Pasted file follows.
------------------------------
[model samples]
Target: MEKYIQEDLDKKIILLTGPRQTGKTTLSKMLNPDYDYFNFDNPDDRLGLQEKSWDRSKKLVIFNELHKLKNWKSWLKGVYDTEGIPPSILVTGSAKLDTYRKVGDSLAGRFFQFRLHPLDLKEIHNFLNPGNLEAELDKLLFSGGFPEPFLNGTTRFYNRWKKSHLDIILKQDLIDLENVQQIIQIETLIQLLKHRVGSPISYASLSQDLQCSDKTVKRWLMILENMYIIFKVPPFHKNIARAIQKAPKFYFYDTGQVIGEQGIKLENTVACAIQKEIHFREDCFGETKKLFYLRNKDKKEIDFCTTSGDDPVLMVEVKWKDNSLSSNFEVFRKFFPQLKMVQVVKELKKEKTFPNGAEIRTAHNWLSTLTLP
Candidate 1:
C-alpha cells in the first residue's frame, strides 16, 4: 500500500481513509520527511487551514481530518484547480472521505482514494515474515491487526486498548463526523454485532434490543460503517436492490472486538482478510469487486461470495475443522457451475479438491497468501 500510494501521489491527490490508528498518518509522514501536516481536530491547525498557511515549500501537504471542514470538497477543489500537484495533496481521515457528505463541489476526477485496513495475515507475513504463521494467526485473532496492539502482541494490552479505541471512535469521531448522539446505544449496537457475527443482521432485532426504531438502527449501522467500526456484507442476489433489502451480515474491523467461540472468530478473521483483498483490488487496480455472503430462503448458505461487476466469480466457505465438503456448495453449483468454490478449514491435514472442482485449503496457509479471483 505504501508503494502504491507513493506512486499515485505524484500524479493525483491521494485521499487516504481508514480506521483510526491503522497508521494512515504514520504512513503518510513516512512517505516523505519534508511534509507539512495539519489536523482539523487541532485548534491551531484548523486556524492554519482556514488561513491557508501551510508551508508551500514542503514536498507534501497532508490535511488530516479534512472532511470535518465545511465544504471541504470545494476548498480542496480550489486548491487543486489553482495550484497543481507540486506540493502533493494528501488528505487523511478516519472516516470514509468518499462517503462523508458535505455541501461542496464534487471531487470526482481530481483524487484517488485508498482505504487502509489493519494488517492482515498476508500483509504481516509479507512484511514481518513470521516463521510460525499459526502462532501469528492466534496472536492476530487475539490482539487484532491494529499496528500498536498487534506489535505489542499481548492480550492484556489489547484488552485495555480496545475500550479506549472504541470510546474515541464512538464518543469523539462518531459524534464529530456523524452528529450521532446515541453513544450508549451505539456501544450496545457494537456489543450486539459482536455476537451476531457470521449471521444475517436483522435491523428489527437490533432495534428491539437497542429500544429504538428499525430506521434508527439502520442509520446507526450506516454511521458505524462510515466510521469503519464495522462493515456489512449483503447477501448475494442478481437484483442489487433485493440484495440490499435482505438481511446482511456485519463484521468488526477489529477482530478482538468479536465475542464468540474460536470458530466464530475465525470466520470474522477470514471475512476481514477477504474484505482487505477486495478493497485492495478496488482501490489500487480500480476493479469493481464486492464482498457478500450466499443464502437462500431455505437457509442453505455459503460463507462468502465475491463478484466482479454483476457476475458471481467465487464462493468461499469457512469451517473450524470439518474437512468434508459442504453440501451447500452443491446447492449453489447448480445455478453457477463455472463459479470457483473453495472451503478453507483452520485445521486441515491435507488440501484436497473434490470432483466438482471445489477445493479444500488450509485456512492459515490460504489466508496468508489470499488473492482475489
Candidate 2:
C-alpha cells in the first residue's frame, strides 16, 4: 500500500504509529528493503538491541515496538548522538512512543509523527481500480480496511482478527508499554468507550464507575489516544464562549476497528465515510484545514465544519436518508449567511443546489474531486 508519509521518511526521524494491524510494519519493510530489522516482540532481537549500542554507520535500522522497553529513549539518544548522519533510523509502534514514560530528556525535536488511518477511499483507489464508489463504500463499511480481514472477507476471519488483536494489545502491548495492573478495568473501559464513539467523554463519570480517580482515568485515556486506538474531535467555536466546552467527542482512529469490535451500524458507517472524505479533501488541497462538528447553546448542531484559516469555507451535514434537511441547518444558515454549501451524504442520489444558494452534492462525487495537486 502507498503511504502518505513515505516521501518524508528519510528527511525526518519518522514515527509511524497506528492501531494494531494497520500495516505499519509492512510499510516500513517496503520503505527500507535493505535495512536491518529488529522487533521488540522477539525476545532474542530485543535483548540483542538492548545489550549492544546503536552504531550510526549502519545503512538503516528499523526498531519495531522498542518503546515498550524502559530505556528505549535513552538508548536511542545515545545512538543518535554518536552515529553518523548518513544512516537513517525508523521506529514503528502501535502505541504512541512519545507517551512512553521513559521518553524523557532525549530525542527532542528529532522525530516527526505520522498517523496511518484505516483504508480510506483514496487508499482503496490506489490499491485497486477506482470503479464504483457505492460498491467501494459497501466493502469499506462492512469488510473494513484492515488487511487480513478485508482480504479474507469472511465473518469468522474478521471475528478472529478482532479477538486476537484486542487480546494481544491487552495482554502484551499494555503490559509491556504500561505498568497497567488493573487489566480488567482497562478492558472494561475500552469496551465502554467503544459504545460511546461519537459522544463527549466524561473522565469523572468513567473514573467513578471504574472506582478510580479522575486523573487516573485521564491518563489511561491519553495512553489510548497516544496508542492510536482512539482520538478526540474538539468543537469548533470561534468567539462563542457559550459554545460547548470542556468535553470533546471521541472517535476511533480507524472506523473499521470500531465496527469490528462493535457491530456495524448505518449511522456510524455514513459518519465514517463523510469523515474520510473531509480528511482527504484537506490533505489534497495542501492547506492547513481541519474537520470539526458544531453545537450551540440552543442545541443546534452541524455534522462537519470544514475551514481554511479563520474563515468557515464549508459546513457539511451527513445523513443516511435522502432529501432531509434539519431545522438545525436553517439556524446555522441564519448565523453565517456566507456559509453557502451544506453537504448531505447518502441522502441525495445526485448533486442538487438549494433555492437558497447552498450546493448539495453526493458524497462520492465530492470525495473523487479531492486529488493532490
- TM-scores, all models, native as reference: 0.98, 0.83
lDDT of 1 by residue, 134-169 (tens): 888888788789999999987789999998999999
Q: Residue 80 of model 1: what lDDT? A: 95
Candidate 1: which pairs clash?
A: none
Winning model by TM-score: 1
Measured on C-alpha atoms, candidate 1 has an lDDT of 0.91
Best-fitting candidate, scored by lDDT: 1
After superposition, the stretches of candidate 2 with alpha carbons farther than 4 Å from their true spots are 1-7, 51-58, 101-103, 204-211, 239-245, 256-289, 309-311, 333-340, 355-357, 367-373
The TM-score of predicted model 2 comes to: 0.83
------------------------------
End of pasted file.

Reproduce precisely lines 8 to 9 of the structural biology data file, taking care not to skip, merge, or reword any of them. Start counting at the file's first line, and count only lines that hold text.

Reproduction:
lDDT of 1 by residue, 134-169 (tens): 888888788789999999987789999998999999
Q: Residue 80 of model 1: what lDDT? A: 95